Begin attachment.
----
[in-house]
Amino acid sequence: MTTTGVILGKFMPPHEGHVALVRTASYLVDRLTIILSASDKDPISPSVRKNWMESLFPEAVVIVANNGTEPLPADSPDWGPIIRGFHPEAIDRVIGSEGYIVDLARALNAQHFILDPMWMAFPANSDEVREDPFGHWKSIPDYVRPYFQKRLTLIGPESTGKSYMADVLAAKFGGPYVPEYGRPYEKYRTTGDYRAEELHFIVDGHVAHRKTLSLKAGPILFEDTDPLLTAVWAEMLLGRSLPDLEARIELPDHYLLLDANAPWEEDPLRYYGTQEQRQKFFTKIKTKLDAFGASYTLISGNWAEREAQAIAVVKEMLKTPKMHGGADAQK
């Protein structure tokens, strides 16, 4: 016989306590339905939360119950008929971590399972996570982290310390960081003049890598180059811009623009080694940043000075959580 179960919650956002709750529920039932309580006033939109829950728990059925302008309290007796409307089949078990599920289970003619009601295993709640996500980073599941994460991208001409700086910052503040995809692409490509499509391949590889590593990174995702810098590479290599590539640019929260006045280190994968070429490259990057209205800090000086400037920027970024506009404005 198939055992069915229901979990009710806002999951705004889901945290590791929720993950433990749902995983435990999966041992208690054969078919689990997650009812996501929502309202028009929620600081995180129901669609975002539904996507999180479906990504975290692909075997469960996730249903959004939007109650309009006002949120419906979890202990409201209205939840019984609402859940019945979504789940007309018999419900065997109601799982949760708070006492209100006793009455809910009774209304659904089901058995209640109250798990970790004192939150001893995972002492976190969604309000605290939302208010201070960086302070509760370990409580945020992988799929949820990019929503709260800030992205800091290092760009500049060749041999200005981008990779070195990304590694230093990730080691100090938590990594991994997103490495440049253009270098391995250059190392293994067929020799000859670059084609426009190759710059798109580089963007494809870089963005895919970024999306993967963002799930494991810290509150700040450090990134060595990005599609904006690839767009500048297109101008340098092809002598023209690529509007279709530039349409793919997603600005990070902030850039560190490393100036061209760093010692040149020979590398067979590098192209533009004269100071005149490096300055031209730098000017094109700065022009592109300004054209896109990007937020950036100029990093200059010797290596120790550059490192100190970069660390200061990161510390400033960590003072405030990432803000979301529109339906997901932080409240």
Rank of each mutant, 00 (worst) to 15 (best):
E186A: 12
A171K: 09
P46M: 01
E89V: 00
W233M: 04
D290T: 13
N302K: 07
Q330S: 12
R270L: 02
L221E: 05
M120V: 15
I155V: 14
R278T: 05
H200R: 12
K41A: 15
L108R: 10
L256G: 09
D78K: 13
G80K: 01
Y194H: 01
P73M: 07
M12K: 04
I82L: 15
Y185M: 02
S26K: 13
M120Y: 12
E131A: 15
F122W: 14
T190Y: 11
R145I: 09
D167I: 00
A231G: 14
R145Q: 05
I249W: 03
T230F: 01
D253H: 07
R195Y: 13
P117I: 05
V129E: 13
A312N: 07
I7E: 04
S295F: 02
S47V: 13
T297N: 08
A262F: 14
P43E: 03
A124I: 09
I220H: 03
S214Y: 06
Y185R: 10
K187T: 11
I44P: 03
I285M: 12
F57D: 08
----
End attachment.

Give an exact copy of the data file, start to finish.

[in-house]
Amino acid sequence: MTTTGVILGKFMPPHEGHVALVRTASYLVDRLTIILSASDKDPISPSVRKNWMESLFPEAVVIVANNGTEPLPADSPDWGPIIRGFHPEAIDRVIGSEGYIVDLARALNAQHFILDPMWMAFPANSDEVREDPFGHWKSIPDYVRPYFQKRLTLIGPESTGKSYMADVLAAKFGGPYVPEYGRPYEKYRTTGDYRAEELHFIVDGHVAHRKTLSLKAGPILFEDTDPLLTAVWAEMLLGRSLPDLEARIELPDHYLLLDANAPWEEDPLRYYGTQEQRQKFFTKIKTKLDAFGASYTLISGNWAEREAQAIAVVKEMLKTPKMHGGADAQK
């Protein structure tokens, strides 16, 4: 016989306590339905939360119950008929971590399972996570982290310390960081003049890598180059811009623009080694940043000075959580 179960919650956002709750529920039932309580006033939109829950728990059925302008309290007796409307089949078990599920289970003619009601295993709640996500980073599941994460991208001409700086910052503040995809692409490509499509391949590889590593990174995702810098590479290599590539640019929260006045280190994968070429490259990057209205800090000086400037920027970024506009404005 198939055992069915229901979990009710806002999951705004889901945290590791929720993950433990749902995983435990999966041992208690054969078919689990997650009812996501929502309202028009929620600081995180129901669609975002539904996507999180479906990504975290692909075997469960996730249903959004939007109650309009006002949120419906979890202990409201209205939840019984609402859940019945979504789940007309018999419900065997109601799982949760708070006492209100006793009455809910009774209304659904089901058995209640109250798990970790004192939150001893995972002492976190969604309000605290939302208010201070960086302070509760370990409580945020992988799929949820990019929503709260800030992205800091290092760009500049060749041999200005981008990779070195990304590694230093990730080691100090938590990594991994997103490495440049253009270098391995250059190392293994067929020799000859670059084609426009190759710059798109580089963007494809870089963005895919970024999306993967963002799930494991810290509150700040450090990134060595990005599609904006690839767009500048297109101008340098092809002598023209690529509007279709530039349409793919997603600005990070902030850039560190490393100036061209760093010692040149020979590398067979590098192209533009004269100071005149490096300055031209730098000017094109700065022009592109300004054209896109990007937020950036100029990093200059010797290596120790550059490192100190970069660390200061990161510390400033960590003072405030990432803000979301529109339906997901932080409240």
Rank of each mutant, 00 (worst) to 15 (best):
E186A: 12
A171K: 09
P46M: 01
E89V: 00
W233M: 04
D290T: 13
N302K: 07
Q330S: 12
R270L: 02
L221E: 05
M120V: 15
I155V: 14
R278T: 05
H200R: 12
K41A: 15
L108R: 10
L256G: 09
D78K: 13
G80K: 01
Y194H: 01
P73M: 07
M12K: 04
I82L: 15
Y185M: 02
S26K: 13
M120Y: 12
E131A: 15
F122W: 14
T190Y: 11
R145I: 09
D167I: 00
A231G: 14
R145Q: 05
I249W: 03
T230F: 01
D253H: 07
R195Y: 13
P117I: 05
V129E: 13
A312N: 07
I7E: 04
S295F: 02
S47V: 13
T297N: 08
A262F: 14
P43E: 03
A124I: 09
I220H: 03
S214Y: 06
Y185R: 10
K187T: 11
I44P: 03
I285M: 12
F57D: 08